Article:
‘This Whole Idea Makes My Teeth Itch’: Morgan Freeman Doubles Down on Why He Hates Black History Month

Academy Award-winning actor Morgan Freeman, who was born amidst the harsh realities of Jim Crow laws in Memphis, Tennessee, during the 1930s, recently shared controversial statements about Black History Month, a sentiment he has addressed in the past.

In an interview with Variety to promote his upcoming Civil War series, “The Gray House,” which premiered at the Monte-Carlo Television Festival, Freeman says he is not a fan of having a single month to commemorate Black history and that it feels alienating to him as a full-blooded American.

According to Freeman, he believes that Black history is American history and should be recognized as such throughout the entire year.

When asked how he felt about Black History Month, he said, “I detest it.”

What exactly does he not like? Freeman explains, “The mere idea of it. You are going to give me the shortest month in a year? And you are going to celebrate ‘my’ history?! This whole idea makes my teeth itch. It’s not right.”

Morgan Freeman doubles down on why he hates Black History Month
Morgan Freeman participates in the “The Story of God” panel at the National Geographic Channel 2016 Winter TCA in Pasadena, California. (Photo: Richard Shotwell/Invision/AP, File)

The 87-year-old added, “My history is American history. It’s the one thing in this world I am interested in beyond making money, having a good time, and getting enough sleep.”

National Black History Month traces its roots back to 1915. Dr. Carter G. Woodson, a prominent historian and author, founded the Association for the Study of Negro Life and History (ASNLH). Woodson’s goal was to shine a spotlight on the contributions and history of Black Americans, which were often overlooked in mainstream narratives at the turn of the 20th century, according to the Library of Congress.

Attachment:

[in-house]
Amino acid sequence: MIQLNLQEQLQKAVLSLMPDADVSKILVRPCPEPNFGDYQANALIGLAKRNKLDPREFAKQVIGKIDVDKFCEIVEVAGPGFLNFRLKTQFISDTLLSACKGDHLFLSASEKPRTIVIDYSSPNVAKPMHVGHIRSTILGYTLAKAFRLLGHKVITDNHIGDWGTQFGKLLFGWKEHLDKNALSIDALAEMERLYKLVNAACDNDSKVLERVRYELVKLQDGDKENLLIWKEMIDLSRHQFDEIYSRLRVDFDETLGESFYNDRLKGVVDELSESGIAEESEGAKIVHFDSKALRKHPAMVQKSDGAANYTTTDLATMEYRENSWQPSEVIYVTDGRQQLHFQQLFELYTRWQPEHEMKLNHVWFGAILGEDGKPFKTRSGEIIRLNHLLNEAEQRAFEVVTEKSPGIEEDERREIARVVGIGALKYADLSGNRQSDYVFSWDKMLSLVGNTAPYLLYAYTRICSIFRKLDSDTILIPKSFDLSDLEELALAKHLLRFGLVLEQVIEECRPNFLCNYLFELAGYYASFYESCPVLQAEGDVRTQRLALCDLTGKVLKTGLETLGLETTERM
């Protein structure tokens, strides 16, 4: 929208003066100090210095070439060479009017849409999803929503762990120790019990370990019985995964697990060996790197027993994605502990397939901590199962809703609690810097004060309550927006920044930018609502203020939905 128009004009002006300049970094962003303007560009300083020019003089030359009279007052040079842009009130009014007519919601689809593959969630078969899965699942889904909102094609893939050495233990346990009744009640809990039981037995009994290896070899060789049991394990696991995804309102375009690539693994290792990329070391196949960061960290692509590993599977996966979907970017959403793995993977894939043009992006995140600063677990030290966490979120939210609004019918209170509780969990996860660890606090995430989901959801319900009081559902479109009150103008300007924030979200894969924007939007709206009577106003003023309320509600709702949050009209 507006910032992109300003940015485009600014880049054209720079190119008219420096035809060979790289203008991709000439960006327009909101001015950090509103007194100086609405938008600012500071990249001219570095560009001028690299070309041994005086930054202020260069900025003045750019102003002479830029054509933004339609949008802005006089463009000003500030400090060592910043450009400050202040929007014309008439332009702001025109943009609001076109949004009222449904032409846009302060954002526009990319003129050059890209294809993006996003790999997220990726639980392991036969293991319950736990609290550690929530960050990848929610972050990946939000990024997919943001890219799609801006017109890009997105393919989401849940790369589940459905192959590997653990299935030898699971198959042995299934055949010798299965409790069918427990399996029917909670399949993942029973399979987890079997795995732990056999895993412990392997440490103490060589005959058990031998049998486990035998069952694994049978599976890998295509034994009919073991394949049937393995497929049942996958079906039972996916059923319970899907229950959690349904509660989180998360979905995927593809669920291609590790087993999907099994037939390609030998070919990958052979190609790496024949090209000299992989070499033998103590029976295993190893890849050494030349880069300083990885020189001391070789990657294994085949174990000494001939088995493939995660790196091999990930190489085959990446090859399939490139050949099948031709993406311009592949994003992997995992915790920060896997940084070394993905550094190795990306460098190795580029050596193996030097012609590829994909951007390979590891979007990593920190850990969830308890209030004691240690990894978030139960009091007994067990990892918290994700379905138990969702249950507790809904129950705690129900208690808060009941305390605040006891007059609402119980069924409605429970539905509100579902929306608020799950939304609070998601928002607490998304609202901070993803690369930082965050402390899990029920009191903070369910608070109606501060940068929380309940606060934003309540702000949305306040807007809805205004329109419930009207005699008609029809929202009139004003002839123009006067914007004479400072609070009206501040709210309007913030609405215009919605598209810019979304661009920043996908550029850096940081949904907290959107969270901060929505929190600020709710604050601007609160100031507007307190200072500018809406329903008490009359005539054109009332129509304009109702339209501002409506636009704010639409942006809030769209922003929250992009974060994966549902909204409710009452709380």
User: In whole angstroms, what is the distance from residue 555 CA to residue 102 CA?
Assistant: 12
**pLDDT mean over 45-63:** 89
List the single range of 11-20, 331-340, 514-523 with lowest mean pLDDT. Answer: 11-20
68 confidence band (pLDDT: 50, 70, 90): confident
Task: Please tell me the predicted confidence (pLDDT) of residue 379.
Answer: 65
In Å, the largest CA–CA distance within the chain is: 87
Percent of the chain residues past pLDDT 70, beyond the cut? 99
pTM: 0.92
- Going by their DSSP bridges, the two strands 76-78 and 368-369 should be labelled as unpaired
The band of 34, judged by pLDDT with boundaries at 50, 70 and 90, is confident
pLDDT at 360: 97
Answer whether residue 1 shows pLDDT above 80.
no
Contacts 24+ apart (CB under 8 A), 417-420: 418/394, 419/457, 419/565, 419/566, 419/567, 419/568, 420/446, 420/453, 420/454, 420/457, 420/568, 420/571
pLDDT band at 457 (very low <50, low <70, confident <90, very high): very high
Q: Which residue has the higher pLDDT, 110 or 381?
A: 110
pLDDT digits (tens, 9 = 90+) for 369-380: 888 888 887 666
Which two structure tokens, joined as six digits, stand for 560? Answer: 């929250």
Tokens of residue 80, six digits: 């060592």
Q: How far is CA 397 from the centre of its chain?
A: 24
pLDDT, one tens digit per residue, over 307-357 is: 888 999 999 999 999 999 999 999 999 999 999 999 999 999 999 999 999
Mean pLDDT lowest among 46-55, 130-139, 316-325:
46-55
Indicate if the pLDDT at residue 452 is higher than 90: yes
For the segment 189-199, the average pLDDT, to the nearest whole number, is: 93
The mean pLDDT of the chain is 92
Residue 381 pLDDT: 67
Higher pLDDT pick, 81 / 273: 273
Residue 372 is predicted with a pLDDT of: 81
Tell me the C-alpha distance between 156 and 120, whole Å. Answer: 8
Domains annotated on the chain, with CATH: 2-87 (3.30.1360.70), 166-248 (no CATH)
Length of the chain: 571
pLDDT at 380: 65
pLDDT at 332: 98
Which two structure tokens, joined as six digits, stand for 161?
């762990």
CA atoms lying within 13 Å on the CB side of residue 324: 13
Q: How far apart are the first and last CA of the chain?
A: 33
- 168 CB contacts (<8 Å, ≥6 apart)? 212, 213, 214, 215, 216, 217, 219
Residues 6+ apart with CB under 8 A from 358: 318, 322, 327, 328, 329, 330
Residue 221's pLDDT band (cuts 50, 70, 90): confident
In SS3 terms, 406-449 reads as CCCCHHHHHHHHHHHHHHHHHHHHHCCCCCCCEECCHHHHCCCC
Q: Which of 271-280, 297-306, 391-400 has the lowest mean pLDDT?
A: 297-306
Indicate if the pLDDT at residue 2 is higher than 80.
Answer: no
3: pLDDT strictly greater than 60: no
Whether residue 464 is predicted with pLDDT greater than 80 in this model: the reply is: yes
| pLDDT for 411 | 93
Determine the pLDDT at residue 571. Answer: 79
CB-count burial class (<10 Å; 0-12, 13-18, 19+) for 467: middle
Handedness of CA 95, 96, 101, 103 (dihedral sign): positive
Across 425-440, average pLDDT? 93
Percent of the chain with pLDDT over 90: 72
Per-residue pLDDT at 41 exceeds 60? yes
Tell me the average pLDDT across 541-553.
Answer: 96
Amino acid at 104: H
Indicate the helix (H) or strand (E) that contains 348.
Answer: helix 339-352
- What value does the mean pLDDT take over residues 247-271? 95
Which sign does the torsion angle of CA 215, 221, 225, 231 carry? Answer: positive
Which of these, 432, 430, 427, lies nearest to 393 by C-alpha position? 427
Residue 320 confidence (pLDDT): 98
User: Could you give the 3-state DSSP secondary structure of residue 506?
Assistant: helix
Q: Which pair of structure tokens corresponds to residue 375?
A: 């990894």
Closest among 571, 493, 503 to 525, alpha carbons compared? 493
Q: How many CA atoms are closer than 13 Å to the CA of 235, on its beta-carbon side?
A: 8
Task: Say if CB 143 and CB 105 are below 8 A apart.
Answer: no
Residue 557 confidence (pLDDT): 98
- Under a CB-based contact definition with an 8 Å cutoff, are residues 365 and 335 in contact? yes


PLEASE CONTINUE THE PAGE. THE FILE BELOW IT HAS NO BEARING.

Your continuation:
In 1926, Woodson and the ASNLH initiated the first Negro History Week. The timing was deliberate — the second week of February was chosen because it overlapped the birthdays of Abraham Lincoln and Frederick Douglass, Feb. 12 and Feb. 14, respectively, both considered at the time to be pivotal figures in Black history.

Fast-forward to 1975, and President Gerald Ford issued a Message on the Observance of Black History Week. The next year the ASNLH, by then known as the Association for the Study of African American Life and History (ASALH), extended the celebration from a week to the entire month of February. President Ford followed suit by issuing a Black History Month message that year, and in the years to follow presidents have recognized the month.

In 1986, Black History Month received congressional recognition. Congress passed a joint resolution designating February as “National Black (Afro-American) History Month” and directing President Ronald Reagan to issue a proclamation declaring it so. Official recognition of the month has endured since them

Despite this history, the “Amistad” actor wishes the celebration of the month would end.

Black people responded on social media about his position, with one commenter saying, “Morgan Freeman is speaking for himself.”

In April, similar comments from Freeman caused a firestorm online thanks to Elon Musk retweeting a 2016 interview in which Freeman said he was a “huge fan.” This caused social media users to dig up other videos of Freeman, one of which was a  2005 “60 Minutes” interview with Mike Wallace, in which Freeman says he finds Black History Month “ridiculous.”

“You’re gonna relegate my history to a month?” asked Freeman. “What do you do with yours? Which month is White History Month?”

He continued, “I don’t want a Black History Month. Black history is American history.”

When asked by Wallace how he believed society could get rid of racism, Freeman responded, “Stop talking about it. I’m gonna stop calling you a white man, and I’m gonna ask you to stop calling me a Black man.”

At the time the video resurfaced, many fans online called Freeman a sellout.

One person said after seeing the clip, “Morgan Freeman and degenerate yt ppl think the solution to end racism is to stop talking about it. I guess it’s too hard to just not be racist & dismantle systemic racism? I wonder if we stop talking about poverty, human rights, global warming etc. will that also just go away?”

Another tweeted, “Not you too Morgan. A f—king sellout. I never saw this one. FFS Imagine being on the wrong side of history watching people repeat history. This is disgusting.”

Morgan Freeman and Lori McCreary serve as executive producers on “The Gray House,” a show inspired by true events that tells the story of four Southern women who spy on the Confederacy on behalf of the Union. “If you don’t know your past, if you don’t remember it, you are bound to repeat it,” Freeman says in regards to the eight-episode series.

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